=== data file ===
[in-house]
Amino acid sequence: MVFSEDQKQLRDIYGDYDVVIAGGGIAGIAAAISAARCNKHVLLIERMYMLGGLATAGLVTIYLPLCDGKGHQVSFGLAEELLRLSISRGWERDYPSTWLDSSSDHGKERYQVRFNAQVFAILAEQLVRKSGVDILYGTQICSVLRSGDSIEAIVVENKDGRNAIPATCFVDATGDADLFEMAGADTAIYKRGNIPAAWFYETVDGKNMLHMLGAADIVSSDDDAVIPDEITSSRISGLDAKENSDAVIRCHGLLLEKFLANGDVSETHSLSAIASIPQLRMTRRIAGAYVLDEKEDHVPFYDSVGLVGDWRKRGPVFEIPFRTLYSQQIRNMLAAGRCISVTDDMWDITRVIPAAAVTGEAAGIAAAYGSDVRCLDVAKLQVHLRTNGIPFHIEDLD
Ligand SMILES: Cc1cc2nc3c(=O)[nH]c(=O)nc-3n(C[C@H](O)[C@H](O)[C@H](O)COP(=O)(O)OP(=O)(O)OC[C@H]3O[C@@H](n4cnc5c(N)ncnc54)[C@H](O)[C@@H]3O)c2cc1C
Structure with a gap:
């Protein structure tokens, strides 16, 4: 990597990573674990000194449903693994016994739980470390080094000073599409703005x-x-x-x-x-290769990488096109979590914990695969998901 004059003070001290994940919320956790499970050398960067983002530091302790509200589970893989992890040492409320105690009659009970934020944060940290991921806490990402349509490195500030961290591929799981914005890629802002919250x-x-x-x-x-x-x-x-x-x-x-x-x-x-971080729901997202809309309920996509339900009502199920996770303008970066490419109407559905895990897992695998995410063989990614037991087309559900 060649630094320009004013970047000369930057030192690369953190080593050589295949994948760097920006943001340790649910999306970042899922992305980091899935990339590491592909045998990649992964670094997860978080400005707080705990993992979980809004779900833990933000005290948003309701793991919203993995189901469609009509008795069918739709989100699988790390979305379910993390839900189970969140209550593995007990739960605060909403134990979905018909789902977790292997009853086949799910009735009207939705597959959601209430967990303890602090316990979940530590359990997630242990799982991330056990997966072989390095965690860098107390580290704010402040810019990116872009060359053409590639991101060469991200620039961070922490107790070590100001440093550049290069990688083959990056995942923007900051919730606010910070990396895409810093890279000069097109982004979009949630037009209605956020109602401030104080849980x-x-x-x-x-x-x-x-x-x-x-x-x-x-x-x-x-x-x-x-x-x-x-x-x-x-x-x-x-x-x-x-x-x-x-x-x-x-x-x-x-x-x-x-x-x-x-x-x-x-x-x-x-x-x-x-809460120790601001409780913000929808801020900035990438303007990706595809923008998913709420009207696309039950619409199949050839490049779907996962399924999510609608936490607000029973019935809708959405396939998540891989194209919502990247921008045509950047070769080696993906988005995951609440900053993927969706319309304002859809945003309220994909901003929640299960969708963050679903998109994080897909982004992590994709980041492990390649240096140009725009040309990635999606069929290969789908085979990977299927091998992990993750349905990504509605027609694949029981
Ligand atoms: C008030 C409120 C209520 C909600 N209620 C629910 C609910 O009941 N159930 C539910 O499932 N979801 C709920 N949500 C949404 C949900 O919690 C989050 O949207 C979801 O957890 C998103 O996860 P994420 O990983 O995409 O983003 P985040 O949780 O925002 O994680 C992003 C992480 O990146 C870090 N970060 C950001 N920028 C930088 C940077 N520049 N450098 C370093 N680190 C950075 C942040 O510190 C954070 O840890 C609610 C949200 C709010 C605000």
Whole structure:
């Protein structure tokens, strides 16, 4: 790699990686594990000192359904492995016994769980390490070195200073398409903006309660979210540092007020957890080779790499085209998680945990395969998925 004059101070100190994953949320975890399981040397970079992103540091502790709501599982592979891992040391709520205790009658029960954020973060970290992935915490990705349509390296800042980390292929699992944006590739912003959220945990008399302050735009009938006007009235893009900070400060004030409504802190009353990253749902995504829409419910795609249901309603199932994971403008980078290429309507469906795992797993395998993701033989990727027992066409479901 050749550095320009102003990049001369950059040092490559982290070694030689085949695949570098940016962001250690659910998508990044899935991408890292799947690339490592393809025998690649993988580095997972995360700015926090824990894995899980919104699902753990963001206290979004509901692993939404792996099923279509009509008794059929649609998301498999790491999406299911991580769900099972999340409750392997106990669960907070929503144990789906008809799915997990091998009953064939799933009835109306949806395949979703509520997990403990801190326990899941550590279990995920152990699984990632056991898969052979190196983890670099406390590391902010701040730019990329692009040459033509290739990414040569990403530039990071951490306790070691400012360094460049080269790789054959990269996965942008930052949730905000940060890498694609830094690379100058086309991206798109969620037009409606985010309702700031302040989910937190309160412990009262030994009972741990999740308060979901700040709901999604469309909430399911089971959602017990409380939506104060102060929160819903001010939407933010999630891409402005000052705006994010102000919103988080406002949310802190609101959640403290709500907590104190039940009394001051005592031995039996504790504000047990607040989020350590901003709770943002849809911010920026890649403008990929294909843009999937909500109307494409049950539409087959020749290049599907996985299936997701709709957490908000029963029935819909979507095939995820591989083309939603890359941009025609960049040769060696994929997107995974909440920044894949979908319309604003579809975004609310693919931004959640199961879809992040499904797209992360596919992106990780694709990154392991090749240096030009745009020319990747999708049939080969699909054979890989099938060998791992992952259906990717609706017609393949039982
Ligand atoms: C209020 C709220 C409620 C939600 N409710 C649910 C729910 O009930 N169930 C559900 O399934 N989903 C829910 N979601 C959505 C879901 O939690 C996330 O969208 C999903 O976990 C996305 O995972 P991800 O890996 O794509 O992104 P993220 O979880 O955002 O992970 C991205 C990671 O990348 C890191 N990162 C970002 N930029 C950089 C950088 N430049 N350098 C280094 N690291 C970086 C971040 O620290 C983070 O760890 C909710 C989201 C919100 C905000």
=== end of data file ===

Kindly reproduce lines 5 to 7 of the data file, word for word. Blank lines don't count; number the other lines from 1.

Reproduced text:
């Protein structure tokens, strides 16, 4: 990597990573674990000194449903693994016994739980470390080094000073599409703005x-x-x-x-x-290769990488096109979590914990695969998901 004059003070001290994940919320956790499970050398960067983002530091302790509200589970893989992890040492409320105690009659009970934020944060940290991921806490990402349509490195500030961290591929799981914005890629802002919250x-x-x-x-x-x-x-x-x-x-x-x-x-x-971080729901997202809309309920996509339900009502199920996770303008970066490419109407559905895990897992695998995410063989990614037991087309559900 060649630094320009004013970047000369930057030192690369953190080593050589295949994948760097920006943001340790649910999306970042899922992305980091899935990339590491592909045998990649992964670094997860978080400005707080705990993992979980809004779900833990933000005290948003309701793991919203993995189901469609009509008795069918739709989100699988790390979305379910993390839900189970969140209550593995007990739960605060909403134990979905018909789902977790292997009853086949799910009735009207939705597959959601209430967990303890602090316990979940530590359990997630242990799982991330056990997966072989390095965690860098107390580290704010402040810019990116872009060359053409590639991101060469991200620039961070922490107790070590100001440093550049290069990688083959990056995942923007900051919730606010910070990396895409810093890279000069097109982004979009949630037009209605956020109602401030104080849980x-x-x-x-x-x-x-x-x-x-x-x-x-x-x-x-x-x-x-x-x-x-x-x-x-x-x-x-x-x-x-x-x-x-x-x-x-x-x-x-x-x-x-x-x-x-x-x-x-x-x-x-x-x-x-x-809460120790601001409780913000929808801020900035990438303007990706595809923008998913709420009207696309039950619409199949050839490049779907996962399924999510609608936490607000029973019935809708959405396939998540891989194209919502990247921008045509950047070769080696993906988005995951609440900053993927969706319309304002859809945003309220994909901003929640299960969708963050679903998109994080897909982004992590994709980041492990390649240096140009725009040309990635999606069929290969789908085979990977299927091998992990993750349905990504509605027609694949029981
Ligand atoms: C008030 C409120 C209520 C909600 N209620 C629910 C609910 O009941 N159930 C539910 O499932 N979801 C709920 N949500 C949404 C949900 O919690 C989050 O949207 C979801 O957890 C998103 O996860 P994420 O990983 O995409 O983003 P985040 O949780 O925002 O994680 C992003 C992480 O990146 C870090 N970060 C950001 N920028 C930088 C940077 N520049 N450098 C370093 N680190 C950075 C942040 O510190 C954070 O840890 C609610 C949200 C709010 C605000």
Whole structure: